This paper presents a sampling strategy for mobile gas sensors. Sampling points are selected using a modified artificial potential field (APF) approach, which balances multiple criteria to direct sensor measurements towards locations of high mean concentration, high concentration variance and areas for which the uncertainty about the gas distribution model is still large. By selecting in each step the most often suggested close-by measurement location, the proposed approach introduces a locality constraint that allows planning suitable paths for mobile gas sensors. Initial results in simulation and in real-world experiments witha gas-sensitive micro-drone demonstrate the suitability of the proposed sampling strategy for gas distribution mapping and its use for gas source localization.

  • 124.
    Neumann, Patrick
    et al.
    Federal Institute for Materials Research and Testing (BAM), Berlin, Germany.
    Hernandez Bennetts, Victor
    Örebro University, School of Science and Technology.
    Lilienthal, Achim J.
    Örebro University, School of Science and Technology.
    Bartholmai, Matthias
    Federal Institute for Materials Research and Testing (BAM), Berlin, Germany.
    Schiller, Jochen H.
    Institute of Computer Science, Freie Universität, Berlin, Germany.
    Gas source localization with a micro-drone using bio-inspired and particle filter-based algorithms2013In: Advanced Robotics, ISSN 0169-1864, E-ISSN 1568-5535, ISSN 0169-1864, Vol. 27, no 9, p. 725-738Article in journal (Refereed)
    Abstract [en]

    Gas source localization (GSL) with mobile robots is a challenging task due to the unpredictable nature of gas dispersion,the limitations of the currents sensing technologies, and the mobility constraints of ground-based robots. This work proposesan integral solution for the GSL task, including source declaration. We present a novel pseudo-gradient-basedplume tracking algorithm and a particle filter-based source declaration approach, and apply it on a gas-sensitivemicro-drone. We compare the performance of the proposed system in simulations and real-world experiments againsttwo commonly used tracking algorithms adapted for aerial exploration missions.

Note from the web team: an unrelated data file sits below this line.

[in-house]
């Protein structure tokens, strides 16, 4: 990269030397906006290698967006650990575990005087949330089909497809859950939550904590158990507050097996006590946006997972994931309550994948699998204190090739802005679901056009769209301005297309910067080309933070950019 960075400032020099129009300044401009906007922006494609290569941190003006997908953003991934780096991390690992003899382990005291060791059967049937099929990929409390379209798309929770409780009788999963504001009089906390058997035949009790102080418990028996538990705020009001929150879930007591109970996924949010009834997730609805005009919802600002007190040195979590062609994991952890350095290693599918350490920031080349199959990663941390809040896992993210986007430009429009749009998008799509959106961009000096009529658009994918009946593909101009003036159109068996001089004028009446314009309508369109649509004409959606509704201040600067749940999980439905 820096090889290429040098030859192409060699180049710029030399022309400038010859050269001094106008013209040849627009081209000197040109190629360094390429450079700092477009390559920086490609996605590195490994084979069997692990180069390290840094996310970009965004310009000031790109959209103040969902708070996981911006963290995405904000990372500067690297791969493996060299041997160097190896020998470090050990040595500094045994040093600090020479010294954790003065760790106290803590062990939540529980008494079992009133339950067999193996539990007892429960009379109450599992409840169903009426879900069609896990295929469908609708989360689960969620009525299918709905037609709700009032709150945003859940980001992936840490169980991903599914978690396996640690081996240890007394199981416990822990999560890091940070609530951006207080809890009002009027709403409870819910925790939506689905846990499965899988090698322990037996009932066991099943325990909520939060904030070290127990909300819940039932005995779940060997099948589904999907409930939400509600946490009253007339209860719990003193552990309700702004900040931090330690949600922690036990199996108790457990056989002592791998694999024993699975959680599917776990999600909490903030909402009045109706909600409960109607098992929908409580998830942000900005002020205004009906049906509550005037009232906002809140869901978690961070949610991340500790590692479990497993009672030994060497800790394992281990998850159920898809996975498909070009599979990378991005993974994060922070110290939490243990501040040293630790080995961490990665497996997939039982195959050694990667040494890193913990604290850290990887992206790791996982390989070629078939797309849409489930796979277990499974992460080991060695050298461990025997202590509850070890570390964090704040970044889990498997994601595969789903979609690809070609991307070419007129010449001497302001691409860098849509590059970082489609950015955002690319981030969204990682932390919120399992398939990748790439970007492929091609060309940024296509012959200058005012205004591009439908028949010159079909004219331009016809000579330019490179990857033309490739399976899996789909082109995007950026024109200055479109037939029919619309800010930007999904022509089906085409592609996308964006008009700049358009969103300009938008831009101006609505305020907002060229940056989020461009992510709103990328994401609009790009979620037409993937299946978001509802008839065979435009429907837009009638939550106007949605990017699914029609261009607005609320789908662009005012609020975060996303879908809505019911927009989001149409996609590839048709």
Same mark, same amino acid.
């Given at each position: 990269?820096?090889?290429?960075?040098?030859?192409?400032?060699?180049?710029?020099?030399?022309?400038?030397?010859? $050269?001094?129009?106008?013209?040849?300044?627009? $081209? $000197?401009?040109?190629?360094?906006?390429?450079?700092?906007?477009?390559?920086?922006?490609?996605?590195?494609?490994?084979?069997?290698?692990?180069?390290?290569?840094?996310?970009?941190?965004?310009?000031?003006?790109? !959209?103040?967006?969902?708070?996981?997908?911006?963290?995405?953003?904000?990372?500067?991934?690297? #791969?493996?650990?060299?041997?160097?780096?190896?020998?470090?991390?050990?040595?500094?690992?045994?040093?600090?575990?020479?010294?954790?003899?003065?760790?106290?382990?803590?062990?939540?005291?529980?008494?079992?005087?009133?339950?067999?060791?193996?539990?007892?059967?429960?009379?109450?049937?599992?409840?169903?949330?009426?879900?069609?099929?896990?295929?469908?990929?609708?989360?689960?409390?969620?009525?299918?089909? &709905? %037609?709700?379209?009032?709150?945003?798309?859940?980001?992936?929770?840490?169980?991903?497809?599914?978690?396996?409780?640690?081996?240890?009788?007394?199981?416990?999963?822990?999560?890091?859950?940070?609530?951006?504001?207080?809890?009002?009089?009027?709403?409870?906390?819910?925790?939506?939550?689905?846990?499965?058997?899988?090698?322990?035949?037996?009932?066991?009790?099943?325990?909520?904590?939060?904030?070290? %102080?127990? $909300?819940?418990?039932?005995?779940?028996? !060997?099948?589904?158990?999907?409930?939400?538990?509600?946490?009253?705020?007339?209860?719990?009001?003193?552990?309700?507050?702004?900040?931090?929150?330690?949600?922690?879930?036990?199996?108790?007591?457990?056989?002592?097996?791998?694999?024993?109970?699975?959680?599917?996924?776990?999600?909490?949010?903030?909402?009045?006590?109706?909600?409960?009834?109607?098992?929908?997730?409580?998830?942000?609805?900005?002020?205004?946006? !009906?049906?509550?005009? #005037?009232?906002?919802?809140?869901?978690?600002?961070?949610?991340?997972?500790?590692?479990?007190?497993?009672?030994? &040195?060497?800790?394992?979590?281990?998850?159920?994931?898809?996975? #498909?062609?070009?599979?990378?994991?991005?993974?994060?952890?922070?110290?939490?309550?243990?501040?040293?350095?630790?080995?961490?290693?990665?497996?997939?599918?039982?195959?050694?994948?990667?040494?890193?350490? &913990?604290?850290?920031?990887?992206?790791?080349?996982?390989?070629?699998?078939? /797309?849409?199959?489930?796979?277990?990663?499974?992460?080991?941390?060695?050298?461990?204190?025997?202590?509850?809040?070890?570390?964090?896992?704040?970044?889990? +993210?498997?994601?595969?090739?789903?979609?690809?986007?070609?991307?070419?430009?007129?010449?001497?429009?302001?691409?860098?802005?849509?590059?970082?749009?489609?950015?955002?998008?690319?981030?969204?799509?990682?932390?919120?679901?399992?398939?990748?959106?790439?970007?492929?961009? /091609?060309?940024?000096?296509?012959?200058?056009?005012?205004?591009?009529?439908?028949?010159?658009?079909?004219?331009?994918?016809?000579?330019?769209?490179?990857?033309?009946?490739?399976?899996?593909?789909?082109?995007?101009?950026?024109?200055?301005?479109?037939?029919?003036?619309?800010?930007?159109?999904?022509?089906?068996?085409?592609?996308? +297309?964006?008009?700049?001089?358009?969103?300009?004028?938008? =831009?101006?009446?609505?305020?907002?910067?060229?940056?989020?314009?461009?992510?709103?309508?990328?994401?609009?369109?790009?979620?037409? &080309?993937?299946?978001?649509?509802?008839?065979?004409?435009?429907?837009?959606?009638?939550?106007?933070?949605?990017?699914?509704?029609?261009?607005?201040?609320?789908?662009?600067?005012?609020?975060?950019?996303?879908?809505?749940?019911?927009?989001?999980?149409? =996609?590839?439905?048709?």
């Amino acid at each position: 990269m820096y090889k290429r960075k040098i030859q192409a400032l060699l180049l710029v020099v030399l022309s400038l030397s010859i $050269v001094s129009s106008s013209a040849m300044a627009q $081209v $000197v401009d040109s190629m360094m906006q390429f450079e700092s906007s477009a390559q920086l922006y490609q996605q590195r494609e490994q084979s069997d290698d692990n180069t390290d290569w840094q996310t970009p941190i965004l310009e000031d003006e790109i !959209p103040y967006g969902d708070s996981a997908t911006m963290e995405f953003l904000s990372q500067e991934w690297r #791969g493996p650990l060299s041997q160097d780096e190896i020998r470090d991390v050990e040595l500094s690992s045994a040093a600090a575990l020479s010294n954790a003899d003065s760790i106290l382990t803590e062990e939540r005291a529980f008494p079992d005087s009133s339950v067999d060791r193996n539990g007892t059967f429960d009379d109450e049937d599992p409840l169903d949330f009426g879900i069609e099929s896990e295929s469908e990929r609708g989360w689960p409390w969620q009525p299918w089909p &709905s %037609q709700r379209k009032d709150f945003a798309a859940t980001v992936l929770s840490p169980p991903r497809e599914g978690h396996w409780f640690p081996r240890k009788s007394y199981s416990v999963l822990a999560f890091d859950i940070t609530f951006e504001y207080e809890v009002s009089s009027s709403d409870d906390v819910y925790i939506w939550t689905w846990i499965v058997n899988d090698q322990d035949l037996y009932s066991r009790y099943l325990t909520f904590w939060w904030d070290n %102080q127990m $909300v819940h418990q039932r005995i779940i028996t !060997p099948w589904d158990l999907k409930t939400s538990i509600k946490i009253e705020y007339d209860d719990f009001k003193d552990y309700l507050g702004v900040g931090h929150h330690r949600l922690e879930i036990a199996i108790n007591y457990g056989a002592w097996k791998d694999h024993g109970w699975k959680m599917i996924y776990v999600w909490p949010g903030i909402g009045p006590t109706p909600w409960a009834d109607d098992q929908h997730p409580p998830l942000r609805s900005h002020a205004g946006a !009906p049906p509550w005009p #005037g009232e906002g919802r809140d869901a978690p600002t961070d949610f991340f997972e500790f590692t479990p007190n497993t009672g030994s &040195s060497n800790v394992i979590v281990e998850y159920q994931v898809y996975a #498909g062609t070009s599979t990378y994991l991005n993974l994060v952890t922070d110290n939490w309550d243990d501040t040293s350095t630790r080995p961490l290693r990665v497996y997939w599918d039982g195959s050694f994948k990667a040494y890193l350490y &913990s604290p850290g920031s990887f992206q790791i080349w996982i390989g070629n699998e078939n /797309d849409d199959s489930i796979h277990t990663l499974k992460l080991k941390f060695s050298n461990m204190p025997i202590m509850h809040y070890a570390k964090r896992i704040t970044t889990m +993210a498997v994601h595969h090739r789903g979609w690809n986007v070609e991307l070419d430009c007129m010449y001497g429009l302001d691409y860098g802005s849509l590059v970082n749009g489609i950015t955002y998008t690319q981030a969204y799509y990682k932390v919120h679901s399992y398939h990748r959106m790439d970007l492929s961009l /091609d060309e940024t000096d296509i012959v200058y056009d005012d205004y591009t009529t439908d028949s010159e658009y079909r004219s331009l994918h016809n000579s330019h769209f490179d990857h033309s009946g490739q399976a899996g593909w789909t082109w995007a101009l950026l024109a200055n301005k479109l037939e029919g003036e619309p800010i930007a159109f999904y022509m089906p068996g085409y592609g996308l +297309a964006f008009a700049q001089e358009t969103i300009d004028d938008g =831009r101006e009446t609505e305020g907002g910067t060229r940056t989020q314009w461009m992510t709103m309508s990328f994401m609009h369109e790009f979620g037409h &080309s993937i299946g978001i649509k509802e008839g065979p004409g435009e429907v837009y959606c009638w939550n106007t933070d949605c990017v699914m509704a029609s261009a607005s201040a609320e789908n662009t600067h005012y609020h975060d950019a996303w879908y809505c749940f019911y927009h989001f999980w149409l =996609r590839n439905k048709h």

• 125.
    Neumann, Patrick P.
    et al.
    BAM Federal Institute for Materials Research and Testing, Berlin, Germany.
    Asadi, Sahar
    Örebro University, School of Science and Technology.
    Lilienthal, Achim J.
    Örebro University, School of Science and Technology.
    Bartholmai, Matthias
    Sensors and Measurement Systems Working Group, BAM Federal Institute for Materials Research and Testing, Berlin, Germany.
    Schiller, Jochen H.
    Computer Systems and Telematics Working Group, Institute of Computer Science, Freie Universität, Berlin, Germany.
    Autonomous gas-sensitive microdrone wind vector estimation and gas distribution mapping2012In: IEEE robotics & automation magazine, ISSN 1070-9932, E-ISSN 1558-223X, Vol. 19, no 1, p. 50-61Article in journal (Refereed)
    Abstract [en]

    This article presents the development and validation of an autonomous, gas sensitive microdrone that is capable of estimating the wind vector in real time using only the onboard control unit of the microdrone and performing gas distribution mapping (DM). Two different sampling approaches are suggested to address this problem. On the one hand, a predefined trajectory is used to explore the target area with the microdrone in a real-world gas DM experiment. As an alternative sampling approach, we introduce an adaptive strategy that suggests next sampling points based on an artificial potential field (APF). Initial results in real-world experiments demonstrate the capability of the proposed adaptive sampling strategy for gas DM and its use for gas source localization.

  • 126.
    Neumann, Patrick P.
    et al.
    BAM Federal Institute for Materials Research and Testing, Berlin, Germany.
    Hernandez Bennetts, Victor
    Örebro University, School of Science and Technology.
    Lilienthal, Achim J.
    Örebro University, School of Science and Technology.
    Bartholmai, Matthias
    BAM Federal Institute for Materials Research and Testing, Berlin, Germany.
    From Insects to Micro Air Vehicles: A Comparison of Reactive Plume Tracking Strategies2016In: Intelligent Autonomous Systems 13, Springer, 2016, p. 1533-1548Conference paper (Refereed)
    Abstract [en]